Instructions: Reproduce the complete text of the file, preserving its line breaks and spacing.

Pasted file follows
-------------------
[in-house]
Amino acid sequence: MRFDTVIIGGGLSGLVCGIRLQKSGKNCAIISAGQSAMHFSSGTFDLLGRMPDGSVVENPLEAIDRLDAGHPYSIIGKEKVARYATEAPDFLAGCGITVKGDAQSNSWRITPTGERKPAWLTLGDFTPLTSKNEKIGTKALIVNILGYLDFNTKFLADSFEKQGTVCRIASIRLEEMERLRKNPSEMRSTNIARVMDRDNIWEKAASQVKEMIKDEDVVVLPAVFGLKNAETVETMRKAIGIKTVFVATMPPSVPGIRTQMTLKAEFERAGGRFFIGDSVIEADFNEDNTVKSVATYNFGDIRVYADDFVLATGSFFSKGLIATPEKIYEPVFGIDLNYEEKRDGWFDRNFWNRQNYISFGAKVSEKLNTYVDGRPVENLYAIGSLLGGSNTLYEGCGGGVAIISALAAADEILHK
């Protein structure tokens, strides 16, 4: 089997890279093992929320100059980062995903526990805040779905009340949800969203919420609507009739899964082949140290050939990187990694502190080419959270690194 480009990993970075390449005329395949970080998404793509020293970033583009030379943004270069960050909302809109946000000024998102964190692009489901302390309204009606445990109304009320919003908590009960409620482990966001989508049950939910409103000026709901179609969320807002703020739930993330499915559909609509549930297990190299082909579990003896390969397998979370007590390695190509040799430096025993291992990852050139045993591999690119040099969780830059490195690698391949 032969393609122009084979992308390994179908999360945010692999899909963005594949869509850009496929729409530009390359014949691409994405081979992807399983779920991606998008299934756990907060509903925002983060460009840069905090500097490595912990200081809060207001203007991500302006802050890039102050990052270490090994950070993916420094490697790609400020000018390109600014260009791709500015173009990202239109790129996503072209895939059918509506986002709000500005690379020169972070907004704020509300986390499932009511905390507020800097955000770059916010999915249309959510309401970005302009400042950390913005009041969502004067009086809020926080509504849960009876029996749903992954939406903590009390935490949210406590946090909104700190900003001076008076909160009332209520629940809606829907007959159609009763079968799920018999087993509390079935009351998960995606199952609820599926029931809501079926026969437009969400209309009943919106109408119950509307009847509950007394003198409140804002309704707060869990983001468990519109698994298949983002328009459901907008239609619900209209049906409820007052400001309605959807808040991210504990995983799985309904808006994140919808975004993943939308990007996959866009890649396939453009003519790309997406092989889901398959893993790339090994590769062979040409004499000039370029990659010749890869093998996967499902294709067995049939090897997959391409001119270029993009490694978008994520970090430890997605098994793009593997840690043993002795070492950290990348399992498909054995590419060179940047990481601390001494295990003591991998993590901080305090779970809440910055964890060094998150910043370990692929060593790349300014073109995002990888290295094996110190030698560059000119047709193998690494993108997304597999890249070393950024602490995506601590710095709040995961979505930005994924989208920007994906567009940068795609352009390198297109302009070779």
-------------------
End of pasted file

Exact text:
[in-house]
Amino acid sequence: MRFDTVIIGGGLSGLVCGIRLQKSGKNCAIISAGQSAMHFSSGTFDLLGRMPDGSVVENPLEAIDRLDAGHPYSIIGKEKVARYATEAPDFLAGCGITVKGDAQSNSWRITPTGERKPAWLTLGDFTPLTSKNEKIGTKALIVNILGYLDFNTKFLADSFEKQGTVCRIASIRLEEMERLRKNPSEMRSTNIARVMDRDNIWEKAASQVKEMIKDEDVVVLPAVFGLKNAETVETMRKAIGIKTVFVATMPPSVPGIRTQMTLKAEFERAGGRFFIGDSVIEADFNEDNTVKSVATYNFGDIRVYADDFVLATGSFFSKGLIATPEKIYEPVFGIDLNYEEKRDGWFDRNFWNRQNYISFGAKVSEKLNTYVDGRPVENLYAIGSLLGGSNTLYEGCGGGVAIISALAAADEILHK
């Protein structure tokens, strides 16, 4: 089997890279093992929320100059980062995903526990805040779905009340949800969203919420609507009739899964082949140290050939990187990694502190080419959270690194 480009990993970075390449005329395949970080998404793509020293970033583009030379943004270069960050909302809109946000000024998102964190692009489901302390309204009606445990109304009320919003908590009960409620482990966001989508049950939910409103000026709901179609969320807002703020739930993330499915559909609509549930297990190299082909579990003896390969397998979370007590390695190509040799430096025993291992990852050139045993591999690119040099969780830059490195690698391949 032969393609122009084979992308390994179908999360945010692999899909963005594949869509850009496929729409530009390359014949691409994405081979992807399983779920991606998008299934756990907060509903925002983060460009840069905090500097490595912990200081809060207001203007991500302006802050890039102050990052270490090994950070993916420094490697790609400020000018390109600014260009791709500015173009990202239109790129996503072209895939059918509506986002709000500005690379020169972070907004704020509300986390499932009511905390507020800097955000770059916010999915249309959510309401970005302009400042950390913005009041969502004067009086809020926080509504849960009876029996749903992954939406903590009390935490949210406590946090909104700190900003001076008076909160009332209520629940809606829907007959159609009763079968799920018999087993509390079935009351998960995606199952609820599926029931809501079926026969437009969400209309009943919106109408119950509307009847509950007394003198409140804002309704707060869990983001468990519109698994298949983002328009459901907008239609619900209209049906409820007052400001309605959807808040991210504990995983799985309904808006994140919808975004993943939308990007996959866009890649396939453009003519790309997406092989889901398959893993790339090994590769062979040409004499000039370029990659010749890869093998996967499902294709067995049939090897997959391409001119270029993009490694978008994520970090430890997605098994793009593997840690043993002795070492950290990348399992498909054995590419060179940047990481601390001494295990003591991998993590901080305090779970809440910055964890060094998150910043370990692929060593790349300014073109995002990888290295094996110190030698560059000119047709193998690494993108997304597999890249070393950024602490995506601590710095709040995961979505930005994924989208920007994906567009940068795609352009390198297109302009070779």